Philippines' Crackdown on Drug Users, Dealers Produces Morbid Results

By Zachary Siegel 07/22/16

Nearly 60,000 drug users and dealers have voluntarily turned themselves over to police since Rodrigo Duterte took office three weeks ago.

Philippines' Crackdown on Drug Users, Dealers Produces Morbid Results

“Please feel free to call us, the police, or do it yourself if you have the gun—you have my support,” Philippines President Rodrigo Duterte, nicknamed "Duterte Harry" for his shoot-first-ask-questions-later policies, said of drug dealers, users, and anyone else who isn’t a model citizen. 

“You can kill him. Shoot him and I'll give you a medal.” 

Enter the Philippines' literal—and criminally under-reported—War on Drugs. Seriously, you’re liable to get killed if you’re a known drug user or dealer. Campaigning under the promise of killing 100,000 criminals in the first six months of his presidency, Duterte was sworn into office on June 30, and appears to be making good on that promise. By July 4, 30 people were already extrajudicially killed in the streets. 

It was through extrajudicial killings—which became known as the Davao Death Squads—that Duterte, as mayor of Davao, was able to turn it into one of the safest, he claims. He promised to make the Republic of the Philippines safe again. 

Now that Duterte is president, people are so afraid of vigilante death squads that they’re turning themselves in. A recent report tallied the number of people who’ve turned themselves over to police at 60,000. An impassioned op-ed written by’s Adam Tod Brown asked what would happen to these fearful citizens. 

“If you believe the official government line,” Brown wrote, “plans are underway to build rehab facilities, but they also said that they discourage extrajudicial killings, which is a hard claim to back up when the president gets behind a microphone and literally tells people to murder drug dealers and drug users.”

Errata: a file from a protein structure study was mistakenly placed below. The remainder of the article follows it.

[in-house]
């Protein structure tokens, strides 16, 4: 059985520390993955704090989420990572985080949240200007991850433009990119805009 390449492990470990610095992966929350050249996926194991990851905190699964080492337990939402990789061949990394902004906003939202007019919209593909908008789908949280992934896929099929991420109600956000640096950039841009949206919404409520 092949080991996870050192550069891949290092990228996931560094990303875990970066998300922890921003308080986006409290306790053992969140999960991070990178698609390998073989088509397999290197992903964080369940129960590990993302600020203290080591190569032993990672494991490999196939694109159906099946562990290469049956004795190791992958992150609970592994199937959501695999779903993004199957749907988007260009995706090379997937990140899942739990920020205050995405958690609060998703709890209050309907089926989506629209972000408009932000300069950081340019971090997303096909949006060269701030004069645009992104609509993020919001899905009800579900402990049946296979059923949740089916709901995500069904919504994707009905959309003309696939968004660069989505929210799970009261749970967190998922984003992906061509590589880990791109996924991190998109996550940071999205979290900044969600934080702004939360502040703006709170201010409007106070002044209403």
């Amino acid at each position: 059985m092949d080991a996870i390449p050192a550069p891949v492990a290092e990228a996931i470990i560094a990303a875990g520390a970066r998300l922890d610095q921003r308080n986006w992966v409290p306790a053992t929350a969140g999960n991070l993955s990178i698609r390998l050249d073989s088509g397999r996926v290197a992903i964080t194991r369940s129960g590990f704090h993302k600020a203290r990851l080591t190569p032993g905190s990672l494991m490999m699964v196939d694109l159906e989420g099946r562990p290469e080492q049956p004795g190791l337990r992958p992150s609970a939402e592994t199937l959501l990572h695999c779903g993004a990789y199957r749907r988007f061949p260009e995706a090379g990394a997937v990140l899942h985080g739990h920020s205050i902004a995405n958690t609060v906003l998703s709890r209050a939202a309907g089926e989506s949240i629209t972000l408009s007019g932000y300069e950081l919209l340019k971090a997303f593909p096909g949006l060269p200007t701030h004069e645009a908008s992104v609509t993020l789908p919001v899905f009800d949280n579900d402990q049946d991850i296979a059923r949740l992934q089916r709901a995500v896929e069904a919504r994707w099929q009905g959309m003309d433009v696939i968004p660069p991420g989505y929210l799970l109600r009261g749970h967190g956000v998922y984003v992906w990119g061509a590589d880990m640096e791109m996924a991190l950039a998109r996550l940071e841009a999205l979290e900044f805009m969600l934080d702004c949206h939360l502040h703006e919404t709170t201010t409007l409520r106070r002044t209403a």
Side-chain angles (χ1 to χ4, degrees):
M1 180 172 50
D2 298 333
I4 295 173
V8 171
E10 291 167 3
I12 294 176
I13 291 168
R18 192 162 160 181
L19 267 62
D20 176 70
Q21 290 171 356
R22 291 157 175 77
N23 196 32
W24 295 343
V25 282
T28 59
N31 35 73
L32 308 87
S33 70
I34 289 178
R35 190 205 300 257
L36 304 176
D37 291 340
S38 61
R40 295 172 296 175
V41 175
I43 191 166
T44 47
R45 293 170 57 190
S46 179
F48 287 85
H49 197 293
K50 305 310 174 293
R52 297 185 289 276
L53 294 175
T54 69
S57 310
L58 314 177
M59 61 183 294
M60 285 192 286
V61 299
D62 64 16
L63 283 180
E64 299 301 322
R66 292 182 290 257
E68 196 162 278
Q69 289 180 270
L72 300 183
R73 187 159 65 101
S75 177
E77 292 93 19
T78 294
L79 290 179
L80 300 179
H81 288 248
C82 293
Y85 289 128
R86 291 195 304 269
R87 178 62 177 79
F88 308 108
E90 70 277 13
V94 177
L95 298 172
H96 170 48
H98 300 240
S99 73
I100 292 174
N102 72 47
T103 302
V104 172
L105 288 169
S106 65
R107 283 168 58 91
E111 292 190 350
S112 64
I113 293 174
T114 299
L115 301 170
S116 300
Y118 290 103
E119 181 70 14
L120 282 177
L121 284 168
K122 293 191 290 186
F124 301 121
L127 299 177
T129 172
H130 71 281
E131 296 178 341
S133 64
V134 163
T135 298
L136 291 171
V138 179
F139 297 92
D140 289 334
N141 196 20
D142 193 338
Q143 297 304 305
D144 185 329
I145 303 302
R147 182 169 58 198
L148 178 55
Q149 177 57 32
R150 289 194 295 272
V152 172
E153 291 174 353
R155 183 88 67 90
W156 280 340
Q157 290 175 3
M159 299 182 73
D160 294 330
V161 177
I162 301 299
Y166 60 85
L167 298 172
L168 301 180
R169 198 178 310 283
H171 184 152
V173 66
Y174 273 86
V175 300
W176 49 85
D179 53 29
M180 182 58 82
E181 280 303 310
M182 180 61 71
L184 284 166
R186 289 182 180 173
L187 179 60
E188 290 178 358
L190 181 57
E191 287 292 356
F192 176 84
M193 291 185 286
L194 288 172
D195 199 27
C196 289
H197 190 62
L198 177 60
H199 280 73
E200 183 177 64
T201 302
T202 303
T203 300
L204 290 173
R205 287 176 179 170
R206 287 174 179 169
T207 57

Under a president who called Pope Francis a “son of a whore” for apparently causing traffic during an official visit, Brown suggests it's more likely concentration camps, not rehabs, that will be built. 

“Given the way we've criminalized drug use, I guess it's not surprising that the plight of a bunch of ‘criminals’ and ‘junkies’ hasn't generated much sympathy from the American public,” wrote Brown, who laments the lack of coverage on an issue of such magnitude, some 60,000 lives at stake. He says its unlikely we’ll see any hashtags floating around the “thoughts and prayers” crowd.  

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Zachary Siegel is a freelance journalist specializing in science, health and drug policy. His reporting has also appeared in Slate, The Daily Beast, Salon, Huffington Post, among others. He writes often about addiction, sometimes drawing from his own experience. You can find out more about Zachary on Linkedin or follow him on Twitter.